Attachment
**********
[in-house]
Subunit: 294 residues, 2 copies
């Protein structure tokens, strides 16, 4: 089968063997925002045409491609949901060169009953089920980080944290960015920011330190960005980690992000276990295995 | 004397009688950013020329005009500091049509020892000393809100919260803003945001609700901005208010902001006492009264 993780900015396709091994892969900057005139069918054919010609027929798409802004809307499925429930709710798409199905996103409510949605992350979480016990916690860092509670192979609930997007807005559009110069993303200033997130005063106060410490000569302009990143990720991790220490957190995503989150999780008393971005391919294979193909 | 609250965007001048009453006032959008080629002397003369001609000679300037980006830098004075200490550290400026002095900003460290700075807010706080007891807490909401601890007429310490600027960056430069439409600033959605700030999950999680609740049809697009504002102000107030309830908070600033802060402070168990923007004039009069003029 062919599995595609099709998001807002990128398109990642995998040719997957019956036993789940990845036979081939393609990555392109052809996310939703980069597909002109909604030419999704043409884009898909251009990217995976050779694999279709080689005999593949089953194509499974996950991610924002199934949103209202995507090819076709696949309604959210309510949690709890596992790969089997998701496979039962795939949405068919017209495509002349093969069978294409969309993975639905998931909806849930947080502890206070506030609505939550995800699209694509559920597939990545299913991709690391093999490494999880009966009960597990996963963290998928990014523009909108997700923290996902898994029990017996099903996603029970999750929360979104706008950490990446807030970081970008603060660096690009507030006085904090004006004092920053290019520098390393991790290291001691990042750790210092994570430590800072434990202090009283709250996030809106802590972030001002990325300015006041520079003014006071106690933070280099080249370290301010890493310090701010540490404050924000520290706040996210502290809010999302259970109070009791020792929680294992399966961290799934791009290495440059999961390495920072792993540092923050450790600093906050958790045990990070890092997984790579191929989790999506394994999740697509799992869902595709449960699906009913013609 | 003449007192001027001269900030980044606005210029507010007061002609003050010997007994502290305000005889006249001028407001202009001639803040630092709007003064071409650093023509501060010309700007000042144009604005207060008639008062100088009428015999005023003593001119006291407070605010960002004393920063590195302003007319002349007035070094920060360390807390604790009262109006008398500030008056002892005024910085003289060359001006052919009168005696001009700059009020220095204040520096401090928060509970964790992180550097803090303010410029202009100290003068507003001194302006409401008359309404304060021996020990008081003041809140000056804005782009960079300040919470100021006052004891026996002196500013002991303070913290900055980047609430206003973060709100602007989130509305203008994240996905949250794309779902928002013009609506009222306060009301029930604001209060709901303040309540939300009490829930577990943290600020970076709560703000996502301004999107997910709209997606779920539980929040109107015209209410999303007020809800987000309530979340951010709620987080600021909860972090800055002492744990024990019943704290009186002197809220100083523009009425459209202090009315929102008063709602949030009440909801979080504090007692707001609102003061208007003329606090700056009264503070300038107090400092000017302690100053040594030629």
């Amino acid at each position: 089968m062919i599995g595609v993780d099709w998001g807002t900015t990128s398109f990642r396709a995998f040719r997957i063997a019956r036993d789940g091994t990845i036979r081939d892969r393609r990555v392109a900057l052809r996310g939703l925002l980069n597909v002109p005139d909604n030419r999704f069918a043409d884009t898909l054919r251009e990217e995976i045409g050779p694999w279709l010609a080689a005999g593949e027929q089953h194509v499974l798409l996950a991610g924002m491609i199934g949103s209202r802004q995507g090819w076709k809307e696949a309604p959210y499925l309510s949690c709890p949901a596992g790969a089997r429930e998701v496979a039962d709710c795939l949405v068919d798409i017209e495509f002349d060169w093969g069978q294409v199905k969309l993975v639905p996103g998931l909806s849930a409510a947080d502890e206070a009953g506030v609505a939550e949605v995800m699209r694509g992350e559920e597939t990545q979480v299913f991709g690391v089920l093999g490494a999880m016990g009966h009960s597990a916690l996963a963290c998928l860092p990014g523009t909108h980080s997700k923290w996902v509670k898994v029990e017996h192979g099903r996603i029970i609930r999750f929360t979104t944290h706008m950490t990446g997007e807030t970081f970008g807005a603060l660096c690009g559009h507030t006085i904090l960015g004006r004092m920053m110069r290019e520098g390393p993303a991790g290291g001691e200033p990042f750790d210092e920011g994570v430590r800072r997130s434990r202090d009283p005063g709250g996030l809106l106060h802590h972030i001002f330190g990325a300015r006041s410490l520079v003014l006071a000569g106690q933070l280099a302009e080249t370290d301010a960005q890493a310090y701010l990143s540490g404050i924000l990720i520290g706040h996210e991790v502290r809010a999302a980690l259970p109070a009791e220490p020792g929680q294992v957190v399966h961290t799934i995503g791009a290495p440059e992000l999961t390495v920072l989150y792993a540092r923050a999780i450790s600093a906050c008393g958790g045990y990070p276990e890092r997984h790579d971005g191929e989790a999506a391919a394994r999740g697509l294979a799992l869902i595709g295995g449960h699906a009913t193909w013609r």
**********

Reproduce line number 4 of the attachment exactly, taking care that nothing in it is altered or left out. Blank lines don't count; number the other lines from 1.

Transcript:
């Amino acid at each position: 089968m062919i599995g595609v993780d099709w998001g807002t900015t990128s398109f990642r396709a995998f040719r997957i063997a019956r036993d789940g091994t990845i036979r081939d892969r393609r990555v392109a900057l052809r996310g939703l925002l980069n597909v002109p005139d909604n030419r999704f069918a043409d884009t898909l054919r251009e990217e995976i045409g050779p694999w279709l010609a080689a005999g593949e027929q089953h194509v499974l798409l996950a991610g924002m491609i199934g949103s209202r802004q995507g090819w076709k809307e696949a309604p959210y499925l309510s949690c709890p949901a596992g790969a089997r429930e998701v496979a039962d709710c795939l949405v068919d798409i017209e495509f002349d060169w093969g069978q294409v199905k969309l993975v639905p996103g998931l909806s849930a409510a947080d502890e206070a009953g506030v609505a939550e949605v995800m699209r694509g992350e559920e597939t990545q979480v299913f991709g690391v089920l093999g490494a999880m016990g009966h009960s597990a916690l996963a963290c998928l860092p990014g523009t909108h980080s997700k923290w996902v509670k898994v029990e017996h192979g099903r996603i029970i609930r999750f929360t979104t944290h706008m950490t990446g997007e807030t970081f970008g807005a603060l660096c690009g559009h507030t006085i904090l960015g004006r004092m920053m110069r290019e520098g390393p993303a991790g290291g001691e200033p990042f750790d210092e920011g994570v430590r800072r997130s434990r202090d009283p005063g709250g996030l809106l106060h802590h972030i001002f330190g990325a300015r006041s410490l520079v003014l006071a000569g106690q933070l280099a302009e080249t370290d301010a960005q890493a310090y701010l990143s540490g404050i924000l990720i520290g706040h996210e991790v502290r809010a999302a980690l259970p109070a009791e220490p020792g929680q294992v957190v399966h961290t799934i995503g791009a290495p440059e992000l999961t390495v920072l989150y792993a540092r923050a999780i450790s600093a906050c008393g958790g045990y990070p276990e890092r997984h790579d971005g191929e989790a999506a391919a394994r999740g697509l294979a799992l869902i595709g295995g449960h699906a009913t193909w013609r």